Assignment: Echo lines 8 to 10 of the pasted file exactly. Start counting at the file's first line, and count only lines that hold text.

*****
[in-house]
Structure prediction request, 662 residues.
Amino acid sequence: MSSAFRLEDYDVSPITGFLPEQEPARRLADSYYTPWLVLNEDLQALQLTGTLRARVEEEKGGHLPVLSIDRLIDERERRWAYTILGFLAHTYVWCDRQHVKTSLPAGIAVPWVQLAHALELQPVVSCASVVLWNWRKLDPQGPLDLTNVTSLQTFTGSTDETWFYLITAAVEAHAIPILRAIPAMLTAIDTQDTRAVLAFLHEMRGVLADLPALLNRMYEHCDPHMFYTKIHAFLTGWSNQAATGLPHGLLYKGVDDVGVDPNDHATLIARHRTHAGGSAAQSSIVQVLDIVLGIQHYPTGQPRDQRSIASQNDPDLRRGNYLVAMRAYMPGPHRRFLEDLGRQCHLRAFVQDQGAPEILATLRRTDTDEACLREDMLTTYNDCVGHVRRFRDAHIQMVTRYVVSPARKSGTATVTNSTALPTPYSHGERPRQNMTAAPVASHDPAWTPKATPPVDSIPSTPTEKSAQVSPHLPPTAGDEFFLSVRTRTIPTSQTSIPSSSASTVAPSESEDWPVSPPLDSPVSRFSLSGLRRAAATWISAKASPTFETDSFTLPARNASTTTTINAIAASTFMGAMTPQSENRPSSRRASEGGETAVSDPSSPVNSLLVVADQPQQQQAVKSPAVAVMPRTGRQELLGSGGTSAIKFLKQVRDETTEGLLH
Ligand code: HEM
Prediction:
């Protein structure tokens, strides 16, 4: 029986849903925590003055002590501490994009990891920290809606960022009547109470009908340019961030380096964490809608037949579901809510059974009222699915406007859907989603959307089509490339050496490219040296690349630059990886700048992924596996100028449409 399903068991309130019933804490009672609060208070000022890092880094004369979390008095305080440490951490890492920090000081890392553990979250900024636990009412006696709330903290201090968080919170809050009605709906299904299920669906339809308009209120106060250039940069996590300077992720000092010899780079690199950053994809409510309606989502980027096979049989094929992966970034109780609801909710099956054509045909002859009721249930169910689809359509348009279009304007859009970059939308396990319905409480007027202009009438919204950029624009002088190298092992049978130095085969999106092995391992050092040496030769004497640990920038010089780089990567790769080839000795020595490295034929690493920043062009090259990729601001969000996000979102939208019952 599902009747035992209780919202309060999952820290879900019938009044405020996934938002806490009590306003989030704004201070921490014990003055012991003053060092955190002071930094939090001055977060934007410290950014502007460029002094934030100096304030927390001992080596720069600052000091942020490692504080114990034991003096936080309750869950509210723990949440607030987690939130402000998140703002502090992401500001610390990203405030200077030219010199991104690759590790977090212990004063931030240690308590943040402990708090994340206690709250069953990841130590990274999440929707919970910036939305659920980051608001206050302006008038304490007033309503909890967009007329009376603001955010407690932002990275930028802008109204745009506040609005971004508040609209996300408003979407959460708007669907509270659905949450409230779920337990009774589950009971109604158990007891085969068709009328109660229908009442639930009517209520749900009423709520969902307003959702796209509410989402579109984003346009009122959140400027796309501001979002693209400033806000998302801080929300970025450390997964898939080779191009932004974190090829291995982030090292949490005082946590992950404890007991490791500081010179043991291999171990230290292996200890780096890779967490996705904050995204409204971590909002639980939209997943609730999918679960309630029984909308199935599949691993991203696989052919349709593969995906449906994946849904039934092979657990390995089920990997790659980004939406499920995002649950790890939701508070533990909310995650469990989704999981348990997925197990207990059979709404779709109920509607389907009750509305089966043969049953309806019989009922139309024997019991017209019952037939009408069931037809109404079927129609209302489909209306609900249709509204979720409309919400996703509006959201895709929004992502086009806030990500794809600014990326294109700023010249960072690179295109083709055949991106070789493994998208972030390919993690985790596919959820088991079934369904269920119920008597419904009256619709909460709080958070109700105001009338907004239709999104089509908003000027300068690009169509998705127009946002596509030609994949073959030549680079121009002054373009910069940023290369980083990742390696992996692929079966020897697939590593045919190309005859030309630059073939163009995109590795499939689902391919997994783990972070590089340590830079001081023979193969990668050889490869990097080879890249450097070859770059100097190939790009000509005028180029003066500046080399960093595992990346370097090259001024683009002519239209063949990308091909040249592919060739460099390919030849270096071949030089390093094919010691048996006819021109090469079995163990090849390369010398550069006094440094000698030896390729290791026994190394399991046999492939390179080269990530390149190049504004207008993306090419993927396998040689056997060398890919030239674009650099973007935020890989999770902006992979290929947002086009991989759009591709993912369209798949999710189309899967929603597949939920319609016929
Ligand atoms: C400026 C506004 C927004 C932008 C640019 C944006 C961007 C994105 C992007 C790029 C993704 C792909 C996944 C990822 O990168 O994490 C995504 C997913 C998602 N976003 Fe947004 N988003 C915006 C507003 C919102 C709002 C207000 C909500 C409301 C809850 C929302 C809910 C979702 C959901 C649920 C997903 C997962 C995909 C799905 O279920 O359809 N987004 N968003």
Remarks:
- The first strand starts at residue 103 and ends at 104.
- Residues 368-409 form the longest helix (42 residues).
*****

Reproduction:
Remarks:
- The first strand starts at residue 103 and ends at 104.
- Residues 368-409 form the longest helix (42 residues).